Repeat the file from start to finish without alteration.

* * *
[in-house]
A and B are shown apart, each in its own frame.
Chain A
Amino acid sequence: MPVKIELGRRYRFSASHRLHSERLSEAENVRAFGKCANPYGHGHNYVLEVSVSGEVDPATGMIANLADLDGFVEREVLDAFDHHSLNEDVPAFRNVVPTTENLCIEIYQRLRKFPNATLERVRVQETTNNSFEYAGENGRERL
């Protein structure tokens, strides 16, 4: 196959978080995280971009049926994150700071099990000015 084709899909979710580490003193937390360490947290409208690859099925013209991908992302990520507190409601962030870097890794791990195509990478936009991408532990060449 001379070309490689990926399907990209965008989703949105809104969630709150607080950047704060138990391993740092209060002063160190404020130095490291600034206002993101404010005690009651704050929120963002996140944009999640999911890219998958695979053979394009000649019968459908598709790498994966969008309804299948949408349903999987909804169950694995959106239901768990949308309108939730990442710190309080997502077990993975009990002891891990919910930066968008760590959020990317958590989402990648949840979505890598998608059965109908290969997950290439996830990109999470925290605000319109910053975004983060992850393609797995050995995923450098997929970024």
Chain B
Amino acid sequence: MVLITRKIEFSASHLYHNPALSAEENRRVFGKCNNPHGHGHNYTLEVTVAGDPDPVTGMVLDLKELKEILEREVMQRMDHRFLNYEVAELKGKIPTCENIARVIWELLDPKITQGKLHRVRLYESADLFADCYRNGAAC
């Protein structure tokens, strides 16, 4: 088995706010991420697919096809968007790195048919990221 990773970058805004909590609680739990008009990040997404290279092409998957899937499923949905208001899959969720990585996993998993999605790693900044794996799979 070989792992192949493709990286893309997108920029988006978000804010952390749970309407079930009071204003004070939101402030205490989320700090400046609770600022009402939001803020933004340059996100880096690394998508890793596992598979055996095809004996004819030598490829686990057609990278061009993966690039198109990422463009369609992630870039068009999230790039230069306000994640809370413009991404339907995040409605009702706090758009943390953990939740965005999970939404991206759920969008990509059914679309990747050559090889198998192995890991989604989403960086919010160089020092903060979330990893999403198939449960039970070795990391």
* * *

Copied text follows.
[in-house]
A and B are shown apart, each in its own frame.
Chain A
Amino acid sequence: MPVKIELGRRYRFSASHRLHSERLSEAENVRAFGKCANPYGHGHNYVLEVSVSGEVDPATGMIANLADLDGFVEREVLDAFDHHSLNEDVPAFRNVVPTTENLCIEIYQRLRKFPNATLERVRVQETTNNSFEYAGENGRERL
């Protein structure tokens, strides 16, 4: 196959978080995280971009049926994150700071099990000015 084709899909979710580490003193937390360490947290409208690859099925013209991908992302990520507190409601962030870097890794791990195509990478936009991408532990060449 001379070309490689990926399907990209965008989703949105809104969630709150607080950047704060138990391993740092209060002063160190404020130095490291600034206002993101404010005690009651704050929120963002996140944009999640999911890219998958695979053979394009000649019968459908598709790498994966969008309804299948949408349903999987909804169950694995959106239901768990949308309108939730990442710190309080997502077990993975009990002891891990919910930066968008760590959020990317958590989402990648949840979505890598998608059965109908290969997950290439996830990109999470925290605000319109910053975004983060992850393609797995050995995923450098997929970024």
Chain B
Amino acid sequence: MVLITRKIEFSASHLYHNPALSAEENRRVFGKCNNPHGHGHNYTLEVTVAGDPDPVTGMVLDLKELKEILEREVMQRMDHRFLNYEVAELKGKIPTCENIARVIWELLDPKITQGKLHRVRLYESADLFADCYRNGAAC
């Protein structure tokens, strides 16, 4: 088995706010991420697919096809968007790195048919990221 990773970058805004909590609680739990008009990040997404290279092409998957899937499923949905208001899959969720990585996993998993999605790693900044794996799979 070989792992192949493709990286893309997108920029988006978000804010952390749970309407079930009071204003004070939101402030205490989320700090400046609770600022009402939001803020933004340059996100880096690394998508890793596992598979055996095809004996004819030598490829686990057609990278061009993966690039198109990422463009369609992630870039068009999230790039230069306000994640809370413009991404339907995040409605009702706090758009943390953990939740965005999970939404991206759920969008990509059914679309990747050559090889198998192995890991989604989403960086919010160089020092903060979330990893999403198939449960039970070795990391």